This afternoon I had the pleasure of hanging with a group of friends at the pool at my favorite local country club. I live in country club town. Though I lack country club wages, I am fortunate enough to have several friends who belong to what I consider the nicest place in town, so I glom on with gratitude. This particular spot was built, as I understand it, as a golf course for Ben Hogan. I wish I could say I was a golfer. But my hangout is the spot to which wives and children were relegated and which I visit with delight. I call it The Flamingo Kid pool--for some reason, the minute I walk in I think of Janet Jones in her white swimsuit--and for the last five or six years, the kids and I have gotten to spend two or three splendid afternoons a summer there.
I hadn't been in a bathing suit since Memorial Day. Work has been overwhelming and our DC vacation didn't allow for lazing about beside the pool. It felt good today to take the Texas summer stance: in the water for two hours, beverage in hand, wearing sunscreen and chatting with cool women about kids and life until my fingers get so prune-like I know it's time to get out and sit in the 100-degree shade. The children splashed around (alas, due to an incident, the high board was closed; my son's record is 52 jumps off it, and both he and I were disappointed his ritual could not continue) but we munched on poolside food and everyone got a little bit of sun.
Finally the lazy early evening wound down, and we all sauntered out, consoling one another about the return tomorrow to school days and real life. For me, real life lasts all summer, as working parents' weeks get a little more rather than less complicated when school is out. But still, having to get the kids up early and someplace on time after they've spent three months sleeping in is an adjustment. So is the idea that next year I'll have a child in high school and another in middle school. The sweet days of the elementary years will be behind us, and the big bad world of cliques and AP classes and driving school and college prep classes await.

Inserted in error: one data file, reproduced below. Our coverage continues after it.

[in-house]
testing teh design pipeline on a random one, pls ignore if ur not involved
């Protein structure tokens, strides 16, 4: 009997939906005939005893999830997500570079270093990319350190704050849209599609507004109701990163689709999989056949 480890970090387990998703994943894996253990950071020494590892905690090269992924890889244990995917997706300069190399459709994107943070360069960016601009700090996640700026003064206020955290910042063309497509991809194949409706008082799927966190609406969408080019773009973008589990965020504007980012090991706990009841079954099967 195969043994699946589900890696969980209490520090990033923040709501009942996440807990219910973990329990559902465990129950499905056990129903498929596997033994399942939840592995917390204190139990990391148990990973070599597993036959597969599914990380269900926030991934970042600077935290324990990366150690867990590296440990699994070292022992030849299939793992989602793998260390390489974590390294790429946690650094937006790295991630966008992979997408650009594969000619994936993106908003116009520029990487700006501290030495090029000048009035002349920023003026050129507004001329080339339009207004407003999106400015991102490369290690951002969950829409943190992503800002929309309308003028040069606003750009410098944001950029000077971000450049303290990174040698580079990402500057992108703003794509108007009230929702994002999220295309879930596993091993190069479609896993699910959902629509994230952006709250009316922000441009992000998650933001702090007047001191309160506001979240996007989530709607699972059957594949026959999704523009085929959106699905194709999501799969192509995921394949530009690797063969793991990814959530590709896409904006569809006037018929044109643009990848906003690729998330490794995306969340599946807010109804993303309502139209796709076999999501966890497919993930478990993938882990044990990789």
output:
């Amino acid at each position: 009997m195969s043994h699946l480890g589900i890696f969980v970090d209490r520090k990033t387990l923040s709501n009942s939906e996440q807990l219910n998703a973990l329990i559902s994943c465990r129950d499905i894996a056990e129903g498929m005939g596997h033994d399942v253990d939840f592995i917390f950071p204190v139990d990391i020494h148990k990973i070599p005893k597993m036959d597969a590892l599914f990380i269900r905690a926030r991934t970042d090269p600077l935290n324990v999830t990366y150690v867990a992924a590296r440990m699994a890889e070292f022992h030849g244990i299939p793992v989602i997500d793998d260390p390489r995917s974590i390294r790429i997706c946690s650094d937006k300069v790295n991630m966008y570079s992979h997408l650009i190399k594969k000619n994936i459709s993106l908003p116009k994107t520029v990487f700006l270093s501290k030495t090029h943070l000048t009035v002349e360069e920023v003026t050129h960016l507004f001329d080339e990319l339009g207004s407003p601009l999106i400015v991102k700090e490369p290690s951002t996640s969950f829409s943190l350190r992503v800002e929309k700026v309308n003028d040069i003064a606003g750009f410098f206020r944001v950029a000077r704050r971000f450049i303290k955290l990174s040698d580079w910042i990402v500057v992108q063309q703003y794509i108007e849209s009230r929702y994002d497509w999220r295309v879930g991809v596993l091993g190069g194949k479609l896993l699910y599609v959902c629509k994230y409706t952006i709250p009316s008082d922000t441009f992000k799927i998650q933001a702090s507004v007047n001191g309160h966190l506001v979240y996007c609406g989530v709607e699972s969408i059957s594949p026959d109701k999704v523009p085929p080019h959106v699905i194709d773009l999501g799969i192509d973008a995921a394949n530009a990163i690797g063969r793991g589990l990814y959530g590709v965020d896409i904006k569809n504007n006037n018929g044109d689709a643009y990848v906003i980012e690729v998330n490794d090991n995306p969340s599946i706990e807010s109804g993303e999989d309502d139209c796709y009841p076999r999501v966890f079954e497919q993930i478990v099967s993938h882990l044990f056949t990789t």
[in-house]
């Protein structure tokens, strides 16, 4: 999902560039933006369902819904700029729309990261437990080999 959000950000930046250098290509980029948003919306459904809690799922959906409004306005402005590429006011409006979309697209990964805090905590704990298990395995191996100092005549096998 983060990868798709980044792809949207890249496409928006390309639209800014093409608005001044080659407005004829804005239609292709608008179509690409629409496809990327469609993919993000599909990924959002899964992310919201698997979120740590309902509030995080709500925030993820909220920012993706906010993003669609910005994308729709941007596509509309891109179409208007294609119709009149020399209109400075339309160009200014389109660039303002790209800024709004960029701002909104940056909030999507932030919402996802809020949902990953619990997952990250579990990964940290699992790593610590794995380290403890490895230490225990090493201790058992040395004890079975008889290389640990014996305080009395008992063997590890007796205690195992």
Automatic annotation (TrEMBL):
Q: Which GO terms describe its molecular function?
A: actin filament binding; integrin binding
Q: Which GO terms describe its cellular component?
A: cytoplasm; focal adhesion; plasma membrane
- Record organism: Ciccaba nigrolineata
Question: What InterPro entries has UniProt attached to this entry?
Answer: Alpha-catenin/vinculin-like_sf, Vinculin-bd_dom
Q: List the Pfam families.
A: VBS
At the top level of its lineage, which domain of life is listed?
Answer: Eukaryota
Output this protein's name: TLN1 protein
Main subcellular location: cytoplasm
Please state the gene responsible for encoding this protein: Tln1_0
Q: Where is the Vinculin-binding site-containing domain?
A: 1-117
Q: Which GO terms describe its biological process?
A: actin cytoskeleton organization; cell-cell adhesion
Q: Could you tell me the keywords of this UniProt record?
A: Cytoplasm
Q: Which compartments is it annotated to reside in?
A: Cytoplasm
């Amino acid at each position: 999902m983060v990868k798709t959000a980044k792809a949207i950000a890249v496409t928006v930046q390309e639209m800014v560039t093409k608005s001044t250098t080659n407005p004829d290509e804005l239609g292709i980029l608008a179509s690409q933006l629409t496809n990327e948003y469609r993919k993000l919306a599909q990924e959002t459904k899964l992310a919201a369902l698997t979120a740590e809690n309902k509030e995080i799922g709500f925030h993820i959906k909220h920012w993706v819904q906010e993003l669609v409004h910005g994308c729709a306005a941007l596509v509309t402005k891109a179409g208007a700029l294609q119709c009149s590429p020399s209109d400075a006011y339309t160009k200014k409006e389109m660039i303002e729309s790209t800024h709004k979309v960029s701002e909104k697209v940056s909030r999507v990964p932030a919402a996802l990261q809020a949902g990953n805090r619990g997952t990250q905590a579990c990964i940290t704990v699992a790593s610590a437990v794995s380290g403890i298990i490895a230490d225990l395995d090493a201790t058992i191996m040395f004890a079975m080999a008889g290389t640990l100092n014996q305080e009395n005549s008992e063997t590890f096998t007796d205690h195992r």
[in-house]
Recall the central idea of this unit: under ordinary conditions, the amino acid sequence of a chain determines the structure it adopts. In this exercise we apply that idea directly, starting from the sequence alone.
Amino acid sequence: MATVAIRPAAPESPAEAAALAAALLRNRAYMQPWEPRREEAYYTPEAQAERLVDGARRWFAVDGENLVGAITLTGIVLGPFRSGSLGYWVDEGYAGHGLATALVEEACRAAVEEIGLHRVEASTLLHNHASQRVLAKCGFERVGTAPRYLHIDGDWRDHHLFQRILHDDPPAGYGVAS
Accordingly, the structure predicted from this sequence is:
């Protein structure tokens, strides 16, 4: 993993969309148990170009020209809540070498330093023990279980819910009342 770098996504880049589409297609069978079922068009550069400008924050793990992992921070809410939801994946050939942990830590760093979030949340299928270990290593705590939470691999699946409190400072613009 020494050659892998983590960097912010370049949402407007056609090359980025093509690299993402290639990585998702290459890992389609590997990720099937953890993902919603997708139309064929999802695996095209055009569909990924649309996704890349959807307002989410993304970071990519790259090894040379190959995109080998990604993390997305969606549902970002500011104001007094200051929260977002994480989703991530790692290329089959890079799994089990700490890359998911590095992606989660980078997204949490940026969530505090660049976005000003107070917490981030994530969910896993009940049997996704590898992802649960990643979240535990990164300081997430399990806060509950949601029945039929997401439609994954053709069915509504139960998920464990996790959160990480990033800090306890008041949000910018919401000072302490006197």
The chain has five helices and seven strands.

Last Friday I heard a wonderful replay of an interview with John Mellencamp on Fresh Air. I recommend it, as although Terry Gross can irritate me beyond belief, she does ask some pretty good questions. (And, with what I can only assume is tremendous restraint, she never uses the words, 'ubiquitous snare drum'. What a professional.) And he is a self-described scrappy old liberal folk singer.. At any rate, she remarks upon Mellencamp's discussions of mortality in his work, and a fascinating discussion ensues.
The line with which she launches the conversation is about mortality, but I think it's also a good reminder about when to take a breath and savor moments with our children, despite our ninety-mile an hour lives:
"Life is short, even in the longest days." Back to school we go.